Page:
Central Paris goes car-free on Sunday as part of its fight against air pollution, at a time when the Volkswagen emissions scandal again turns the spotlight on diesel and the air pollutants it produces.
The French capital's central arrondissements and areas around landmarks such as the Eiffel Tower and Champs Elysees will be free from car noise and exhaust fumes, allowing people to stroll, cycle or skate between 0900 GMT and 1600 GMT.
Exceptions are allowed for taxis, buses and emergency vehicles. Paris has occasionally closed selected roads to traffic in the past, but not as large an area as will be covered on Sunday.
Socialist mayor Anne Hidalgo, who late this year will host the United Nations World Climate Conference, told the daily Le Parisien that the goal was to show that "Paris can operate without cars."
Last December, Hidalgo proposed to ban from Paris by 2020 any diesel vehicles built before 2011. When the Eiffel Tower disappeared in smog last March, the city offered free rides on subways and buses and imposed a partial driving ban.
At the time Gizmodo reported that smog in Paris is forcing France to give up its love affair with diesel:
Last week, the smog in Paris got so bad, city officials made public transit free and banned half the city's cars from the road. The vehicle ban only lasted a day, with the reduced traffic and changing weather patterns alleviating the smog situation. But why did the smog get so bad in the first place? Blame France's long love affair with diesel-powered vehicles—an affair the country will probably have to end, or at least modify, to prevent further smog emergencies.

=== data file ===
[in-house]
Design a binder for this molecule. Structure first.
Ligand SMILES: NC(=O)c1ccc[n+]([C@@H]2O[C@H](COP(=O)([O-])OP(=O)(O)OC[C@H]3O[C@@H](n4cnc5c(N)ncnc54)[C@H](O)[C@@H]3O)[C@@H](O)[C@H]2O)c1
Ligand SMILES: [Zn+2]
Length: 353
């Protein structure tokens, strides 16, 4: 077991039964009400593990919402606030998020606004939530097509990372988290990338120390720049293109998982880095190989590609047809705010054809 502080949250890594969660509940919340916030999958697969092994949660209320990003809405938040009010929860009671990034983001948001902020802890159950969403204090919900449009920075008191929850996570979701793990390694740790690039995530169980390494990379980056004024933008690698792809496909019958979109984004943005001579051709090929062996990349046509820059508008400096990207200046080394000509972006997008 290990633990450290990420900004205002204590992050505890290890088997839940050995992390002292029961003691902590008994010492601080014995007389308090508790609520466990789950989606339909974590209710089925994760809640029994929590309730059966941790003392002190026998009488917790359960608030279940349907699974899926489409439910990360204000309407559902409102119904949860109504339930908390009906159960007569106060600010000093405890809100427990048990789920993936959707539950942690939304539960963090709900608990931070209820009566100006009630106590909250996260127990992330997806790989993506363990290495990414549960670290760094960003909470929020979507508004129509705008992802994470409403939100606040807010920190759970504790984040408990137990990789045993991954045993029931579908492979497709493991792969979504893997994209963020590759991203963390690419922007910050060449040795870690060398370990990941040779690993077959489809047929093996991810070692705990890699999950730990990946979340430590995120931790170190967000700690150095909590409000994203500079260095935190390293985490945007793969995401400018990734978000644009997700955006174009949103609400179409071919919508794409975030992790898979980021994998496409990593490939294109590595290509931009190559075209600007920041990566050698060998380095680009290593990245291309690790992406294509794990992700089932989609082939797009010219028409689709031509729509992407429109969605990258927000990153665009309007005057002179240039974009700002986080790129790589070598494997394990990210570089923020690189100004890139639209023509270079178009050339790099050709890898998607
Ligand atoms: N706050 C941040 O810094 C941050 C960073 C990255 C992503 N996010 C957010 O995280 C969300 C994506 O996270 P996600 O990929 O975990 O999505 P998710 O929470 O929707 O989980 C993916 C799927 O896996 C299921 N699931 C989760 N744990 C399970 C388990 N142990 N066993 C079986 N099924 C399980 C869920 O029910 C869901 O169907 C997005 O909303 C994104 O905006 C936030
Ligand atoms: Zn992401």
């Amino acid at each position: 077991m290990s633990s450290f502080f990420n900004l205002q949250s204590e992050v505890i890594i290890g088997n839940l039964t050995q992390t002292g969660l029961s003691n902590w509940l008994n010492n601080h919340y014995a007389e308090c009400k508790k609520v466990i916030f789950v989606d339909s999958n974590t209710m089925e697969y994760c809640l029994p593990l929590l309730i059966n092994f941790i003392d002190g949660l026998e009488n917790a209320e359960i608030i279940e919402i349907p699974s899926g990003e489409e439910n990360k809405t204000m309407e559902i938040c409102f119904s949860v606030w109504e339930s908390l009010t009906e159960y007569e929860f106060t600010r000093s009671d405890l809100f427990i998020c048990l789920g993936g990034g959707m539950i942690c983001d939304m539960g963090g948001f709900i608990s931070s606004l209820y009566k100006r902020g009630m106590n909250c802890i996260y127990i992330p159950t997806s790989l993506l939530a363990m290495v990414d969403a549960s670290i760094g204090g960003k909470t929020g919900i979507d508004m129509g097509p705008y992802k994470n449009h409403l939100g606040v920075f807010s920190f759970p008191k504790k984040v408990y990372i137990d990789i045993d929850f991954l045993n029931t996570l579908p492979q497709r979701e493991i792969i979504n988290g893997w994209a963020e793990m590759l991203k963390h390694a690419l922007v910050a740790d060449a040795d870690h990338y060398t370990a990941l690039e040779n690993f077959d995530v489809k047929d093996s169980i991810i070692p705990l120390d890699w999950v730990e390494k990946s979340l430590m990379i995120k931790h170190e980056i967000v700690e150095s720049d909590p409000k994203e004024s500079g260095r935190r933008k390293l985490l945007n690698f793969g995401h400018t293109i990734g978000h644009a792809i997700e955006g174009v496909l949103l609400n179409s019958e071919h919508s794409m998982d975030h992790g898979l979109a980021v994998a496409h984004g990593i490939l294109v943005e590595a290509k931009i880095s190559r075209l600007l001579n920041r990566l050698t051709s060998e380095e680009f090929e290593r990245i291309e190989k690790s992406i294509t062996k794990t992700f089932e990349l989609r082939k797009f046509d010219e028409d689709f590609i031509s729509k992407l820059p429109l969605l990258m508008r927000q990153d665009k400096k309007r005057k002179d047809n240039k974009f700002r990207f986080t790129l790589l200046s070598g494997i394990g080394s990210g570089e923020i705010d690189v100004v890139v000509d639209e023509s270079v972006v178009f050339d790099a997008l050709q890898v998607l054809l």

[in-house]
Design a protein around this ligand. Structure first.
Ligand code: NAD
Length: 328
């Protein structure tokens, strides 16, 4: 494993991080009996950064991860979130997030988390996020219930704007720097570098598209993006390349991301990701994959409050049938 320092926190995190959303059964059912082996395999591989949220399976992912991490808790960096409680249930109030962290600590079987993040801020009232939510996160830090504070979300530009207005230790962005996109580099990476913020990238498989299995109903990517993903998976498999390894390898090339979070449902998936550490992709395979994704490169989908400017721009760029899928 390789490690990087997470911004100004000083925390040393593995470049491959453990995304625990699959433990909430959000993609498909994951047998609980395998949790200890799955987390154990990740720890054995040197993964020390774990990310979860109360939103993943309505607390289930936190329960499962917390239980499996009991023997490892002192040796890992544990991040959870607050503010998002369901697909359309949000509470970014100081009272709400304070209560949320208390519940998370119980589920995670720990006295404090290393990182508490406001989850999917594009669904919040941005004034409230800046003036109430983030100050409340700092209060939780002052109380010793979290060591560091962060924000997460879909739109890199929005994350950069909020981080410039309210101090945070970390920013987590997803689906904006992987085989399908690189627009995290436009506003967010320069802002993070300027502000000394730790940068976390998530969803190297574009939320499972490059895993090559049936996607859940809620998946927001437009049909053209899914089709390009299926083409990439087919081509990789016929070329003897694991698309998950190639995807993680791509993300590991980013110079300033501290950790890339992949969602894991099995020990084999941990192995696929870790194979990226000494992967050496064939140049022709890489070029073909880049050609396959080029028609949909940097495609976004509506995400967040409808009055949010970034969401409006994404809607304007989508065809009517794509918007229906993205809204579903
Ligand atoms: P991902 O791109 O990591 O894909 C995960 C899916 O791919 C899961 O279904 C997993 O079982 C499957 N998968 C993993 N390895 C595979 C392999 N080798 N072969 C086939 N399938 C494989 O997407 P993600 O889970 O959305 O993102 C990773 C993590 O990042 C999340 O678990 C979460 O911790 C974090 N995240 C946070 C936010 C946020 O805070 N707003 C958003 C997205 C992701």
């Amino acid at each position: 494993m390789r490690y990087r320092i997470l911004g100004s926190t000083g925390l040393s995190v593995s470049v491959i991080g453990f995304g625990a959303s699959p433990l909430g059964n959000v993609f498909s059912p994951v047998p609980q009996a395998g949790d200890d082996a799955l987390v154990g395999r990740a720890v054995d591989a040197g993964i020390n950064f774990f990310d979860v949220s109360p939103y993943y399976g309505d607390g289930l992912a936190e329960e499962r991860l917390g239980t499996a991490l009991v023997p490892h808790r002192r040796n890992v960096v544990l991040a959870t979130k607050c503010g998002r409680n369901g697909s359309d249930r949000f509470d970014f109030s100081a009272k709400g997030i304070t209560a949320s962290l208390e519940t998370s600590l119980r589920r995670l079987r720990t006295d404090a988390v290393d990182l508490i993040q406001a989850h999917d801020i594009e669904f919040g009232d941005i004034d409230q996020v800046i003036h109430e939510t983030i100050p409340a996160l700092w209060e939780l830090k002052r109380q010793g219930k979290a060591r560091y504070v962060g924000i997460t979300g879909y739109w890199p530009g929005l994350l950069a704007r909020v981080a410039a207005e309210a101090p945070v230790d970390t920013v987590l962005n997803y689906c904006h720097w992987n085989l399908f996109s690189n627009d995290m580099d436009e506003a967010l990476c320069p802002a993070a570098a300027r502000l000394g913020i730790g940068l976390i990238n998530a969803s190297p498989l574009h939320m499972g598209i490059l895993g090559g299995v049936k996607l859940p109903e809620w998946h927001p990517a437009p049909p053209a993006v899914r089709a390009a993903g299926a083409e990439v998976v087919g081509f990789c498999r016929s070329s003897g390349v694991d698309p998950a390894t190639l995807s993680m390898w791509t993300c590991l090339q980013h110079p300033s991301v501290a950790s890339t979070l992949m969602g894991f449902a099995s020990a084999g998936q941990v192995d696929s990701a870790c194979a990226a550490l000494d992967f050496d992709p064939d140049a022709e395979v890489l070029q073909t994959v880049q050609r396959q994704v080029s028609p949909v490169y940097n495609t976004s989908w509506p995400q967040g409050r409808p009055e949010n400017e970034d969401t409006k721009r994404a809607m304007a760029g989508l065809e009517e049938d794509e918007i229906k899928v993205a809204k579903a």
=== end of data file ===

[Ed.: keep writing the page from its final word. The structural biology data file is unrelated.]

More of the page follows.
Hidalgo's predecessor Bertrand Delanoe championed bike and electric car rental schemes, expanded bus and bicycle lanes and reduced speed limits during his years as mayor.
France has the highest percentage of diesel cars on the road in Europe. They have been popular as successive governments have subsidized the fuel, making it cheaper than gasoline.
While carmakers argue that diesel vehicles account for only a fraction of the pollutants in the air, experts retort that health risks are far greater because cities are where most cars are to be found and where most people live and breathe.
The Paris event is not a first in Europe. Inspired by similar events elsewhere, notably the annual car-free Sunday in Brussels, a citizens' group called "Paris Sans Voiture" (Paris Without Cars) proposed the idea to Hidalgo who endorsed it. (Reporting by Dominique Vidalon; Editing by Tom Heneghan)